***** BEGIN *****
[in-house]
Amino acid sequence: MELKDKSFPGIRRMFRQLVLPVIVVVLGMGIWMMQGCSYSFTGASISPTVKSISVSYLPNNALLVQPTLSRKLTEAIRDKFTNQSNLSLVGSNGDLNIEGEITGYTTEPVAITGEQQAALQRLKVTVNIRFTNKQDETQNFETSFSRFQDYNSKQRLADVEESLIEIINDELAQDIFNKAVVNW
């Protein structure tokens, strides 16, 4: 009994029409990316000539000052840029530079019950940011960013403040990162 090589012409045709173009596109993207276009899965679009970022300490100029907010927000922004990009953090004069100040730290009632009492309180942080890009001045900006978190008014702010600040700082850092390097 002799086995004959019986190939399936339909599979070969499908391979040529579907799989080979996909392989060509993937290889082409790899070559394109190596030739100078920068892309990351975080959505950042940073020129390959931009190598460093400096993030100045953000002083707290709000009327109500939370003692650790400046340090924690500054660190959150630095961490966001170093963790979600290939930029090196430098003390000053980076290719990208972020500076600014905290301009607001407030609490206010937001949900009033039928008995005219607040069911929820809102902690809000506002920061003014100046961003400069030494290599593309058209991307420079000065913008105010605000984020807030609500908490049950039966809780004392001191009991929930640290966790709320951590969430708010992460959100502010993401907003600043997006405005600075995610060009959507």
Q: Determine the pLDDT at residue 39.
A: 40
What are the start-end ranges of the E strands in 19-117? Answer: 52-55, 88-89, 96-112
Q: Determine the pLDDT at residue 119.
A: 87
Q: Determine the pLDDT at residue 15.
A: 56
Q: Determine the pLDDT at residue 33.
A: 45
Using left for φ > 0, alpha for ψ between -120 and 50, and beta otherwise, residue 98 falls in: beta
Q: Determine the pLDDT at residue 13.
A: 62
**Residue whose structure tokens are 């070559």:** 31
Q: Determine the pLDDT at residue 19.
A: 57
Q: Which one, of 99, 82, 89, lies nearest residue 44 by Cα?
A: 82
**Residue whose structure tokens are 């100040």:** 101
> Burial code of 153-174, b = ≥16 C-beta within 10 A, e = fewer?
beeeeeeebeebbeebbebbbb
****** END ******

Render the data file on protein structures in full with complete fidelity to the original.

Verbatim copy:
[in-house]
Amino acid sequence: MELKDKSFPGIRRMFRQLVLPVIVVVLGMGIWMMQGCSYSFTGASISPTVKSISVSYLPNNALLVQPTLSRKLTEAIRDKFTNQSNLSLVGSNGDLNIEGEITGYTTEPVAITGEQQAALQRLKVTVNIRFTNKQDETQNFETSFSRFQDYNSKQRLADVEESLIEIINDELAQDIFNKAVVNW
């Protein structure tokens, strides 16, 4: 009994029409990316000539000052840029530079019950940011960013403040990162 090589012409045709173009596109993207276009899965679009970022300490100029907010927000922004990009953090004069100040730290009632009492309180942080890009001045900006978190008014702010600040700082850092390097 002799086995004959019986190939399936339909599979070969499908391979040529579907799989080979996909392989060509993937290889082409790899070559394109190596030739100078920068892309990351975080959505950042940073020129390959931009190598460093400096993030100045953000002083707290709000009327109500939370003692650790400046340090924690500054660190959150630095961490966001170093963790979600290939930029090196430098003390000053980076290719990208972020500076600014905290301009607001407030609490206010937001949900009033039928008995005219607040069911929820809102902690809000506002920061003014100046961003400069030494290599593309058209991307420079000065913008105010605000984020807030609500908490049950039966809780004392001191009991929930640290966790709320951590969430708010992460959100502010993401907003600043997006405005600075995610060009959507």
Q: Determine the pLDDT at residue 39.
A: 40
What are the start-end ranges of the E strands in 19-117? Answer: 52-55, 88-89, 96-112
Q: Determine the pLDDT at residue 119.
A: 87
Q: Determine the pLDDT at residue 15.
A: 56
Q: Determine the pLDDT at residue 33.
A: 45
Using left for φ > 0, alpha for ψ between -120 and 50, and beta otherwise, residue 98 falls in: beta
Q: Determine the pLDDT at residue 13.
A: 62
**Residue whose structure tokens are 């070559």:** 31
Q: Determine the pLDDT at residue 19.
A: 57
Q: Which one, of 99, 82, 89, lies nearest residue 44 by Cα?
A: 82
**Residue whose structure tokens are 């100040």:** 101
> Burial code of 153-174, b = ≥16 C-beta within 10 A, e = fewer?
beeeeeeebeebbeebbebbbb